Effects of Perceived Control upon Wagering and Attributions in Computer Blackjack

Albert W. Chau*, James G. Phillips

*Corresponding author for this work

    Research output: Contribution to journalJournal articlepeer-review

    55 Citations (Scopus)

    Abstract

    The effects of short-term fluctuations of odds and personal control upon risk-taking behavior in computer blackjack were examined. Although probabilistic models make clear recommendations about optimal play in blackjack (e.g., the basic strategy and card counting), players deviate from optimal play. Those deviations might be explainable by cognitive theories. Risk taking can be explained in terms of irrational cognitions and self-serving evaluations of outcomes; it can also be explained in terms of the available evidence used when people make their decisions. Twelve undergraduate students of the University of Hong Kong played computer blackjack for money. Fluctuations of short-term odds were manipulated as winning or losing streaks, the ability to request extra cards during play was considered to be control of a skill-relevant dimension, and the ability to choose “dealers” was considered to be control of a skill-irrelevant dimension. Recent successful outcomes and the ability to control the skill-relevant factor led to increases in bet size and to stronger self-serving bias in the attribution of the outcomes. Cognitive theories of risk taking that emphasize the evidence available for decisions were supported.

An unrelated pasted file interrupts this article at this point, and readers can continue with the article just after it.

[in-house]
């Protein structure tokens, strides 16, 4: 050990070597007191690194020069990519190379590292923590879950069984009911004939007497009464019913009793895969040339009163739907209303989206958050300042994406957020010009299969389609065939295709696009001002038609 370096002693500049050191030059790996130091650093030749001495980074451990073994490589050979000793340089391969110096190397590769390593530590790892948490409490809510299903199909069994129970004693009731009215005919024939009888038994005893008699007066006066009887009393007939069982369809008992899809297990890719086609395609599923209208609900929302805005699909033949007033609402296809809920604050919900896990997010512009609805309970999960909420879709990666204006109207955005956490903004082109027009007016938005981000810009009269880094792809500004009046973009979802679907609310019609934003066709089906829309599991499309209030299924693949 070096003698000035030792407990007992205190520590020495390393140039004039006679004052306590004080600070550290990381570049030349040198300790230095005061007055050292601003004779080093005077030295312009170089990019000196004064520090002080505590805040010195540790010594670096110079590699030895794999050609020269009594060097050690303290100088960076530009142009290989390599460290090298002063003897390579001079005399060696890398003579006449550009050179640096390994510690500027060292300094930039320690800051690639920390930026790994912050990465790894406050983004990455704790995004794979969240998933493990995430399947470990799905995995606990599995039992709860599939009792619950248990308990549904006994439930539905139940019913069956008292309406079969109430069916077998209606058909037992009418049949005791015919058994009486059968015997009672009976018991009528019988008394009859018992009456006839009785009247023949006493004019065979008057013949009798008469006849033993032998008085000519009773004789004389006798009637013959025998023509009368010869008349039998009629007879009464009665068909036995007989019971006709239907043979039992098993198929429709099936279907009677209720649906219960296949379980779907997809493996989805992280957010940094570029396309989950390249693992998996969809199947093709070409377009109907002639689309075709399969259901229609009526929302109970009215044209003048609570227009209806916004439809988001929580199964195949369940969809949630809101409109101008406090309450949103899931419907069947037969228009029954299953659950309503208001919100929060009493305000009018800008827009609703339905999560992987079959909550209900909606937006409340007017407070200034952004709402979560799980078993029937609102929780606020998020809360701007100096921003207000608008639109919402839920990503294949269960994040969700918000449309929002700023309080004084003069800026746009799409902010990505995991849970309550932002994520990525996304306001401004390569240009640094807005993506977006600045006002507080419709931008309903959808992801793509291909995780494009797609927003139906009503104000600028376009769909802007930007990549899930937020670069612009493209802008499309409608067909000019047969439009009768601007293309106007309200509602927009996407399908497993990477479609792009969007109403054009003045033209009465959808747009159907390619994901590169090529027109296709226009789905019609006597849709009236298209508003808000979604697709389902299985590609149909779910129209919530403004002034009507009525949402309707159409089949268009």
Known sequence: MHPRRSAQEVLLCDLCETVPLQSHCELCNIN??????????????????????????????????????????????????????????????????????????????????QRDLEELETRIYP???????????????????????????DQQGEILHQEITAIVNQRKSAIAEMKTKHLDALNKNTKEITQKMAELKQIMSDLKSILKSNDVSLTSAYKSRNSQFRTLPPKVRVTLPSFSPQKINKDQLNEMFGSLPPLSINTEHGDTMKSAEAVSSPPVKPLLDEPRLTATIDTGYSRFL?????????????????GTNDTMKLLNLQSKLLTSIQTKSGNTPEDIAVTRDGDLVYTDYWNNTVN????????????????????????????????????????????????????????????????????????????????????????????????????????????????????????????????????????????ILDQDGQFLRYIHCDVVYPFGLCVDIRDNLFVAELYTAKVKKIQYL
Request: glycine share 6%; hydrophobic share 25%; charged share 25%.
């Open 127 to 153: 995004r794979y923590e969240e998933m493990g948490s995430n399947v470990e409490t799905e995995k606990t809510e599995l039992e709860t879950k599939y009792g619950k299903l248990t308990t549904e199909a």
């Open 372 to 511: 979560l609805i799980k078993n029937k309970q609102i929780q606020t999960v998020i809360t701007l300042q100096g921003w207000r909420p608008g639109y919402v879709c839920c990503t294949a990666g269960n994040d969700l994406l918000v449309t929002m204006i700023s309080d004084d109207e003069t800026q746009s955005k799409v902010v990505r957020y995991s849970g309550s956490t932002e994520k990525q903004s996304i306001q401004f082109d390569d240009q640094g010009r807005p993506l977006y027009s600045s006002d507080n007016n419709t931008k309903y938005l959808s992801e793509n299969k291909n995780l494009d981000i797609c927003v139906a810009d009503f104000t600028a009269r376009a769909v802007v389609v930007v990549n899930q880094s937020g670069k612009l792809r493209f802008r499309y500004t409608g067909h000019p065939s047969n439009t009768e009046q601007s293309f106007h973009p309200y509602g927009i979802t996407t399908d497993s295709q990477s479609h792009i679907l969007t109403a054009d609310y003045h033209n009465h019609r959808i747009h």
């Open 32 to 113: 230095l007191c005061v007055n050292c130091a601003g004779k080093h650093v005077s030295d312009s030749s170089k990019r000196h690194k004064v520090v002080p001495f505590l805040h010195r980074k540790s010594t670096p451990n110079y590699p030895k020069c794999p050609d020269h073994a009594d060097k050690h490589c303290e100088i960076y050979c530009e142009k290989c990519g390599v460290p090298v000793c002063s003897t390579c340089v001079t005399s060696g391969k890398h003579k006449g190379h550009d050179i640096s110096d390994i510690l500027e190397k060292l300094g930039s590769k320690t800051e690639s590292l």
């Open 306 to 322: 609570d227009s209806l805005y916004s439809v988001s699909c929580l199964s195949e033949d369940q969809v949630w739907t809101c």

Original languageEnglish
    Pages (from-to)253-269
    Number of pages17
    JournalJournal of General Psychology
    Volume122
    Issue number3
    DOIs
    Publication statusPublished - Jul 1995

    Scopus Subject Areas

    • Gender Studies
    • Experimental and Cognitive Psychology
    • Arts and Humanities (miscellaneous)

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